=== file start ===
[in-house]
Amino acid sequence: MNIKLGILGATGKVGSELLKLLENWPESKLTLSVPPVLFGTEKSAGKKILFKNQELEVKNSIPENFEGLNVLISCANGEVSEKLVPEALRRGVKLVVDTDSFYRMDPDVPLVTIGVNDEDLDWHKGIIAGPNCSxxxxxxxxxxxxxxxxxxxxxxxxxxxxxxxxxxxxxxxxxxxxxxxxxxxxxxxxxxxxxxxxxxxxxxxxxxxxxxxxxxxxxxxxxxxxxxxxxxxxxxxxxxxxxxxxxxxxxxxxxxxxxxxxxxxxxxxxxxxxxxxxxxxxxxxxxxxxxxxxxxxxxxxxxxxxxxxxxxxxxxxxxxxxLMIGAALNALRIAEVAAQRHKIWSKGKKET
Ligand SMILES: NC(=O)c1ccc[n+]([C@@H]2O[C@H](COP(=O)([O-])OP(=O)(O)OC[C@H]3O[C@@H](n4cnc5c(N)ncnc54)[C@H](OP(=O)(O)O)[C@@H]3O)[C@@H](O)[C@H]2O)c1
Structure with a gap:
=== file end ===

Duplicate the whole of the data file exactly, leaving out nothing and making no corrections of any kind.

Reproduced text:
[in-house]
Amino acid sequence: MNIKLGILGATGKVGSELLKLLENWPESKLTLSVPPVLFGTEKSAGKKILFKNQELEVKNSIPENFEGLNVLISCANGEVSEKLVPEALRRGVKLVVDTDSFYRMDPDVPLVTIGVNDEDLDWHKGIIAGPNCSxxxxxxxxxxxxxxxxxxxxxxxxxxxxxxxxxxxxxxxxxxxxxxxxxxxxxxxxxxxxxxxxxxxxxxxxxxxxxxxxxxxxxxxxxxxxxxxxxxxxxxxxxxxxxxxxxxxxxxxxxxxxxxxxxxxxxxxxxxxxxxxxxxxxxxxxxxxxxxxxxxxxxxxxxxxxxxxxxxxxxxxxxxxxLMIGAALNALRIAEVAAQRHKIWSKGKKET
Ligand SMILES: NC(=O)c1ccc[n+]([C@@H]2O[C@H](COP(=O)([O-])OP(=O)(O)OC[C@H]3O[C@@H](n4cnc5c(N)ncnc54)[C@H](OP(=O)(O)O)[C@@H]3O)[C@@H](O)[C@H]2O)c1
Structure with a gap: